Forum for Science, Industry and Business

Sponsored by:     3M 
Search our Site:

 

New hope for Hepatitis C research

11.08.2006
The mystery surrounding Hepatitis C, a disease that affects millions of people worldwide, is one step closer to being solved.

In a paper published in the August edition of Journal of Virology, scientists describe how they replicated, or reproduced the hepatitis C virus (HCV) in mouse cells. Working with different models, they showed a gene called protein kinase R (PKR) blocked the replication of HCV in mice.

"When a person becomes infected with HCV, the immune system produces a protein called interferon to fight the infection," said co-author and Director of the Monash Institute of Medical Research, Professor Bryan Williams.

"We now know genes interferon stimulates PKR to try to stop the virus spreading throughout the body."

HCV replicates at a very high rate – approximately one trillion viral particles are produced each day in an infected person. Professor Williams' research will provide a better understanding of how this replication occurs and how and why PKR blocks the production of the virus.

Hepatitis C affects 210,000 Australians. Worldwide, it is estimated more than 170 million people suffer from the disease. The virus attacks the liver, causing flu-like symptoms, fevers, abdominal pain, depression, and for two-thirds of patients, chronic liver disease.

The discovery may also shed light on why some hepatitis C patients respond better to treatment than others.

"As there is no vaccine or cure for HCV, the only treatment on offer for patients is interferon therapy, which aims to slow the progression of the disease. However, there are six different genotypes, or strains of HCV, which all react differently to treatment," Professor Williams said.

"We can now explore why some strains are more sensitive to interferon therapy, and how we can adapt treatment to the different strains of the disease."

"Our research is still in the early stages, but the research model we have created will be a valuable tool in understanding the underlying mechanisms of chronic HCV infection, and how the virus responds to interferon treatment" said Professor Williams.

Julie Jacobs | EurekAlert!
Further information:
http://www.researchaustralia.com.au/
http://www.hepcvic.org.au
http://jvi.asm.org/current.dtl#VIRUS_CELL_INTERACTIONS

More articles from Health and Medicine:

nachricht Malaria Already Endemic in the Mediterranean by the Roman Period
27.07.2017 | Universität Zürich

nachricht Serious children’s infections also spreading in Switzerland
26.07.2017 | Universitätsspital Bern

All articles from Health and Medicine >>>

The most recent press releases about innovation >>>

Die letzten 5 Focus-News des innovations-reports im Überblick:

Im Focus: Physicists Design Ultrafocused Pulses

Physicists working with researcher Oriol Romero-Isart devised a new simple scheme to theoretically generate arbitrarily short and focused electromagnetic fields. This new tool could be used for precise sensing and in microscopy.

Microwaves, heat radiation, light and X-radiation are examples for electromagnetic waves. Many applications require to focus the electromagnetic fields to...

Im Focus: Carbon Nanotubes Turn Electrical Current into Light-emitting Quasi-particles

Strong light-matter coupling in these semiconducting tubes may hold the key to electrically pumped lasers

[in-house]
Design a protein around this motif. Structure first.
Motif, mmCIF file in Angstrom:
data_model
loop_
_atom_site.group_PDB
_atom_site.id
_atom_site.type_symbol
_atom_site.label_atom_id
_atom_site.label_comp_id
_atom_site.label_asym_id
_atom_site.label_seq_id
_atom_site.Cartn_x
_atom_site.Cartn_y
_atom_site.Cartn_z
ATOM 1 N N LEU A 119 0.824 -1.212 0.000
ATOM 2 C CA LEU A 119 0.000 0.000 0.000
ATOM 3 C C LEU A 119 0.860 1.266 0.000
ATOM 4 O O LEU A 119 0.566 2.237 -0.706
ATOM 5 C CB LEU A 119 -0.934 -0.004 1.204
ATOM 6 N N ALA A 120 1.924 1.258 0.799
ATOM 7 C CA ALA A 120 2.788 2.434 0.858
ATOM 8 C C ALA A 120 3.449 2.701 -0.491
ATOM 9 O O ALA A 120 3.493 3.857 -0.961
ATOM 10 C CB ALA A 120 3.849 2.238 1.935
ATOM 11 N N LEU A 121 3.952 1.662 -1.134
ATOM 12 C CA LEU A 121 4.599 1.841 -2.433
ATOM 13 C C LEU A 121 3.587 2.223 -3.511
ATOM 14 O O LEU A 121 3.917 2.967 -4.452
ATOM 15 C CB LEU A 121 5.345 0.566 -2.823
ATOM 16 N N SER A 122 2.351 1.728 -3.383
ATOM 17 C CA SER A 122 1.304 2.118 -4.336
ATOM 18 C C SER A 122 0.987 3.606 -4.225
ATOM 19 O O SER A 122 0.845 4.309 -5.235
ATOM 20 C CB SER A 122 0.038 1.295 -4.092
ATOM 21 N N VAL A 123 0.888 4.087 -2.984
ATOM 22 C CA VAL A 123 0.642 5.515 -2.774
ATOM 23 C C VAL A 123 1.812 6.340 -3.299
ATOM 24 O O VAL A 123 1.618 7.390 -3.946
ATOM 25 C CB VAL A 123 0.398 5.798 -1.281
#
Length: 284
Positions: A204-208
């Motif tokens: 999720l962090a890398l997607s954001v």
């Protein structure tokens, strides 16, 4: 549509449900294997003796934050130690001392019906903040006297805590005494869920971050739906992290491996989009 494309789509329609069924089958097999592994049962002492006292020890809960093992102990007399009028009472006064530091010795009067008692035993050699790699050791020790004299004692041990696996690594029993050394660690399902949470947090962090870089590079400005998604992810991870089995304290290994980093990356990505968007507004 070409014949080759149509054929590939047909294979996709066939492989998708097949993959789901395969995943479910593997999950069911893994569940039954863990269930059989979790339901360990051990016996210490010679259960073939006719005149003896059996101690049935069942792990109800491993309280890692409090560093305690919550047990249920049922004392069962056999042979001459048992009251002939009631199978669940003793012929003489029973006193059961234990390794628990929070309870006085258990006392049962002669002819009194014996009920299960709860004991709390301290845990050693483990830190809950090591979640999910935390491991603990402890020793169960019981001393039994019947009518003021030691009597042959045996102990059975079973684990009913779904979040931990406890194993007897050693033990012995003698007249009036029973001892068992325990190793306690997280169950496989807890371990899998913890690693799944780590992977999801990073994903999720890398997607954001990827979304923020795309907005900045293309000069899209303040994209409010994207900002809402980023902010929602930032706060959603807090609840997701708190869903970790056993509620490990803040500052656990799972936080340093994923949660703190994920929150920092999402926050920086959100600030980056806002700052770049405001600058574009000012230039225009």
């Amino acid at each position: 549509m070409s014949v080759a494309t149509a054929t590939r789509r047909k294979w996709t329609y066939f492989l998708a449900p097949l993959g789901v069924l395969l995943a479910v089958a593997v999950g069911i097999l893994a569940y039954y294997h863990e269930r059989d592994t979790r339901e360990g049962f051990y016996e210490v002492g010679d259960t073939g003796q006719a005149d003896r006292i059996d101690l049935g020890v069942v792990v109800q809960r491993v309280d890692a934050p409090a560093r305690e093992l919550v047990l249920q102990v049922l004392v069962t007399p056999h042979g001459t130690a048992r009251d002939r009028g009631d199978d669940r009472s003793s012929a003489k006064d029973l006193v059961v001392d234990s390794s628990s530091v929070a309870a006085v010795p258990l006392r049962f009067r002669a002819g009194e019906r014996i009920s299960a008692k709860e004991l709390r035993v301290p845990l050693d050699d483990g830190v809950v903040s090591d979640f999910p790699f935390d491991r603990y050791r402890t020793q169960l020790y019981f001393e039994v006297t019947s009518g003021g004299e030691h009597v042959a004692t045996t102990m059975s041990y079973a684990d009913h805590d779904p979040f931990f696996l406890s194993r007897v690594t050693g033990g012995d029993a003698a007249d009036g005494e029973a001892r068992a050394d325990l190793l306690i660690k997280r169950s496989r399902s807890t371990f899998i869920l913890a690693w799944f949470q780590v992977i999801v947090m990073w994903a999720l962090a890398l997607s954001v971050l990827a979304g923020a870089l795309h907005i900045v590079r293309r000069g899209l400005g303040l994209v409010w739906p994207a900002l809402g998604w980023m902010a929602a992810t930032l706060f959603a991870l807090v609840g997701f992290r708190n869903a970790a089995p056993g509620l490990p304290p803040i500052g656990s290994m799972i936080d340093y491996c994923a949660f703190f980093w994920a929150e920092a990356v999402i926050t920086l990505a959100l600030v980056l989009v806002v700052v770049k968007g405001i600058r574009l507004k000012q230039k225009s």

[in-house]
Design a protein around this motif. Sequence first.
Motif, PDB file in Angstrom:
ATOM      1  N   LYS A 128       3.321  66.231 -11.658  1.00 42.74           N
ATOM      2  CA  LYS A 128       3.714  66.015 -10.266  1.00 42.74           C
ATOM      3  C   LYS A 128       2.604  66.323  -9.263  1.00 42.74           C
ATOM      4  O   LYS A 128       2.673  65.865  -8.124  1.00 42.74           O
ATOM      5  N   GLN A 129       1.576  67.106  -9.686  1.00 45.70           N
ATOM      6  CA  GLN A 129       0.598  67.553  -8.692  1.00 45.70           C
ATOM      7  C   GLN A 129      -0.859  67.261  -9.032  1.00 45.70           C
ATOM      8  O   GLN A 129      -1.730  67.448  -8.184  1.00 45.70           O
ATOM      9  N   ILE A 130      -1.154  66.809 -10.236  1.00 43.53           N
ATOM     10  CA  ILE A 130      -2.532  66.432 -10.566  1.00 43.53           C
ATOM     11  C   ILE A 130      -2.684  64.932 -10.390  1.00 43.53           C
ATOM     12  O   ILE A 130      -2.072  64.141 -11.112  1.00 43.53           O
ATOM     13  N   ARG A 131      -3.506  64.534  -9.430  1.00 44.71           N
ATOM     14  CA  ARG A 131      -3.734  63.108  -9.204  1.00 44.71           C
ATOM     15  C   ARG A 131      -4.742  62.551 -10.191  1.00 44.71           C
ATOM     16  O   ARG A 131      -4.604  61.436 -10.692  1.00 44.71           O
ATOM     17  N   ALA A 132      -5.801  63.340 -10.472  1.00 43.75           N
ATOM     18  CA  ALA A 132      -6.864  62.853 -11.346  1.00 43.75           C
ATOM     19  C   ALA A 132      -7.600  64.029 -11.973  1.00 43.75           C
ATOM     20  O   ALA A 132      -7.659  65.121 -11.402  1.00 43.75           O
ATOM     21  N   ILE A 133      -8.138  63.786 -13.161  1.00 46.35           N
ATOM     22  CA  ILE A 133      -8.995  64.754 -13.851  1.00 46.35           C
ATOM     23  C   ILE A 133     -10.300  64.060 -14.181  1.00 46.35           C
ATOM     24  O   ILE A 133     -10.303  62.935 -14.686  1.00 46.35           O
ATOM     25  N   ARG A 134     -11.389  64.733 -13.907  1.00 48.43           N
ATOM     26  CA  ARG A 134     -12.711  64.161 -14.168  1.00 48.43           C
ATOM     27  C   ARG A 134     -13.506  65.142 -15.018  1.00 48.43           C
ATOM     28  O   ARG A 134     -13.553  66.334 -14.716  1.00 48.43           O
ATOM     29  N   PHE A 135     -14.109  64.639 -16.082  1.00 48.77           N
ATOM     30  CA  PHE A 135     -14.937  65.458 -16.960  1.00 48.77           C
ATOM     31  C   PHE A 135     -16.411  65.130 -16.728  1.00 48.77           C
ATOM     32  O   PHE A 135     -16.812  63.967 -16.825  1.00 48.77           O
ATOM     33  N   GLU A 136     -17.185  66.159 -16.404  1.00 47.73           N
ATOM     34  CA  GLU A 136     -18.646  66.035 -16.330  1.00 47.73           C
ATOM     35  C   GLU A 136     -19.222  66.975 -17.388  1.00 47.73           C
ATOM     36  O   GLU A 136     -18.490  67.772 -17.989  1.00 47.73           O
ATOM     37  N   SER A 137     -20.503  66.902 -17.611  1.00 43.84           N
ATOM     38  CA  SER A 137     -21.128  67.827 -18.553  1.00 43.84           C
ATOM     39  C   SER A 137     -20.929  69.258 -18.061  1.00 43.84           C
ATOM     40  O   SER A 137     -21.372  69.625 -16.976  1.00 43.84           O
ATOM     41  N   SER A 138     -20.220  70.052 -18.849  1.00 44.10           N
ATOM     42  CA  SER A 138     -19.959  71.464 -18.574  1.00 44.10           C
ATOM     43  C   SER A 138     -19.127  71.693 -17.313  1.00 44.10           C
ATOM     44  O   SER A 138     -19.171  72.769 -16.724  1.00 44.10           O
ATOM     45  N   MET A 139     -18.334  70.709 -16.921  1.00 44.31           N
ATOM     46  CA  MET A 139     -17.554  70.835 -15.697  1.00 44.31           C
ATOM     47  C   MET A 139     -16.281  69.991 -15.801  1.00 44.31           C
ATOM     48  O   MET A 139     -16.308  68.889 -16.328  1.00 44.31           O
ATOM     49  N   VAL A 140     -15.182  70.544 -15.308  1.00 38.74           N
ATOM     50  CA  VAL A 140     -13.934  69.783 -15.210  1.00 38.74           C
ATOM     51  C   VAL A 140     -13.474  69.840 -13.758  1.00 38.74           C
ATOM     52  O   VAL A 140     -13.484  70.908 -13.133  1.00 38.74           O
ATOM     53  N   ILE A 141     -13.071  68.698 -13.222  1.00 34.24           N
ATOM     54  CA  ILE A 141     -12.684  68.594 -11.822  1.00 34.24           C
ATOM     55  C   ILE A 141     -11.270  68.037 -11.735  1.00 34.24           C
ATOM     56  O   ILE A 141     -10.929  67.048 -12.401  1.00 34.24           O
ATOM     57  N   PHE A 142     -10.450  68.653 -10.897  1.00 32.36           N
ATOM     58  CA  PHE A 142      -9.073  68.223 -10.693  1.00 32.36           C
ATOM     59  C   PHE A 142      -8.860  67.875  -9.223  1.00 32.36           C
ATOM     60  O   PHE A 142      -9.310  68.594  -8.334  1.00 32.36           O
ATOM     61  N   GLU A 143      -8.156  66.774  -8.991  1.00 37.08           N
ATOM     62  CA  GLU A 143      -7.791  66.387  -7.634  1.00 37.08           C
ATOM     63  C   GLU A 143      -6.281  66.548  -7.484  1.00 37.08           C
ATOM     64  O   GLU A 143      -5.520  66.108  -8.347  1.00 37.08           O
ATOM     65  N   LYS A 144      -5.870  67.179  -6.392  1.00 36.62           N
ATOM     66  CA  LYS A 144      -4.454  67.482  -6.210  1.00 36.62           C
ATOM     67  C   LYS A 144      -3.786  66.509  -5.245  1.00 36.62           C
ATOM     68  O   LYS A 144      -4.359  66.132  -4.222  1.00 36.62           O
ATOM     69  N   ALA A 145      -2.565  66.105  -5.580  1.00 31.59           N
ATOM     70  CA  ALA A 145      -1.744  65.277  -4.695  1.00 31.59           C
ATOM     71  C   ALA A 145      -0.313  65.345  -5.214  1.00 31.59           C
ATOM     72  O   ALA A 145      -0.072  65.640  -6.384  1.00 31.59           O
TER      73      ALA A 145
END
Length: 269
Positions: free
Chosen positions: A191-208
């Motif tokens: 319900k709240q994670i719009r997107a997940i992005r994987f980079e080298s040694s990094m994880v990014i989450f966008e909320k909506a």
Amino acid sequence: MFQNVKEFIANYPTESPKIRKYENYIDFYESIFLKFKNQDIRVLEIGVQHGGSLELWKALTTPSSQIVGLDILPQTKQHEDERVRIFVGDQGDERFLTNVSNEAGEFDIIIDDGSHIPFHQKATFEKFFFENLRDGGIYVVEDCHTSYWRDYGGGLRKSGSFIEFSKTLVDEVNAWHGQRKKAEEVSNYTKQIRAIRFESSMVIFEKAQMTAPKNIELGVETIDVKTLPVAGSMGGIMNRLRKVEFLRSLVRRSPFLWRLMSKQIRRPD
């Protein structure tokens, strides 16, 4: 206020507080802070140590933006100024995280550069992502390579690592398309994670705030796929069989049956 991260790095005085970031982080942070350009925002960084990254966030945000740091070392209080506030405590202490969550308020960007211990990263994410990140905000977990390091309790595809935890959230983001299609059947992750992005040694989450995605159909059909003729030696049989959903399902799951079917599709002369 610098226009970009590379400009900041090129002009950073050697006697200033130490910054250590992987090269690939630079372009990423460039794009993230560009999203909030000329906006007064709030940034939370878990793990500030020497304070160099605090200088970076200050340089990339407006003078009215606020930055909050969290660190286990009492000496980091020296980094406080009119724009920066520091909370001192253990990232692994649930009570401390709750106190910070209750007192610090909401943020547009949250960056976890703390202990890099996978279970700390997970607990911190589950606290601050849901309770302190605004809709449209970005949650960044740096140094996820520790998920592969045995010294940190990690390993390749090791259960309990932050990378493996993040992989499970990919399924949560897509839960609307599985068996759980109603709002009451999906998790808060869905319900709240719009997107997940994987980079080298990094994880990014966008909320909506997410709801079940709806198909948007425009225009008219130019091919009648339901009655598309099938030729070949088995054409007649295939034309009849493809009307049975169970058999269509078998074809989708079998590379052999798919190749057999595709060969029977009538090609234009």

Light-matter quasi-particles can be generated electrically in semiconducting carbon nanotubes. Material scientists and physicists from Heidelberg University...

Im Focus: Flexible proximity sensor creates smart surfaces

Fraunhofer IPA has developed a proximity sensor made from silicone and carbon nanotubes (CNT) which detects objects and determines their position. The materials and printing process used mean that the sensor is extremely flexible, economical and can be used for large surfaces. Industry and research partners can use and further develop this innovation straight away.

At first glance, the proximity sensor appears to be nothing special: a thin, elastic layer of silicone onto which black square surfaces are printed, but these...

Im Focus: 3-D scanning with water

3-D shape acquisition using water displacement as the shape sensor for the reconstruction of complex objects

A global team of computer scientists and engineers have developed an innovative technique that more completely reconstructs challenging 3D objects. An ancient...

Im Focus: Manipulating Electron Spins Without Loss of Information

Physicists have developed a new technique that uses electrical voltages to control the electron spin on a chip. The newly-developed method provides protection from spin decay, meaning that the contained information can be maintained and transmitted over comparatively large distances, as has been demonstrated by a team from the University of Basel’s Department of Physics and the Swiss Nanoscience Institute. The results have been published in Physical Review X.

For several years, researchers have been trying to use the spin of an electron to store and transmit information. The spin of each electron is always coupled...

All Focus news of the innovation-report >>>

Anzeige

Anzeige

Event News

Clash of Realities 2017: Registration now open. International Conference at TH Köln

26.07.2017 | Event News

Closing the Sustainability Circle: Protection of Food with Biobased Materials

21.07.2017 | Event News

»We are bringing Additive Manufacturing to SMEs«

19.07.2017 | Event News

 
Latest News

Programming cells with computer-like logic

27.07.2017 | Life Sciences

Identified the component that allows a lethal bacteria to spread resistance to antibiotics

27.07.2017 | Life Sciences

Malaria Already Endemic in the Mediterranean by the Roman Period

27.07.2017 | Health and Medicine

VideoLinks
B2B-VideoLinks
More VideoLinks >>>